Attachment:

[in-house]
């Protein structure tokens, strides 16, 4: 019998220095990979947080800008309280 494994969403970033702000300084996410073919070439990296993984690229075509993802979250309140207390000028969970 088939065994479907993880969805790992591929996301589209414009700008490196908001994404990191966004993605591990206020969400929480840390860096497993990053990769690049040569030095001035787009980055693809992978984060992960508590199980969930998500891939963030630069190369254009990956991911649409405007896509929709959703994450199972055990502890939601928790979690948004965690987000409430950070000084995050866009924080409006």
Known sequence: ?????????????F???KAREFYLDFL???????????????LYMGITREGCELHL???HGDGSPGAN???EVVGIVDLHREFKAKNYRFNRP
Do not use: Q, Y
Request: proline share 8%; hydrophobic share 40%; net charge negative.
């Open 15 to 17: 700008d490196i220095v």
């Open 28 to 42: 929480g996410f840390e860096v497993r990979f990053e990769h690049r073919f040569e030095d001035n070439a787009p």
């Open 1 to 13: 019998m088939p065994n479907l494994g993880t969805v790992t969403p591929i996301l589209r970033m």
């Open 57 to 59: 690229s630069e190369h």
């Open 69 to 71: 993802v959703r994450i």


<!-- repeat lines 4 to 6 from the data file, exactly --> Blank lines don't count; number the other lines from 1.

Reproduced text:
Do not use: Q, Y
Request: proline share 8%; hydrophobic share 40%; net charge negative.
């Open 15 to 17: 700008d490196i220095v």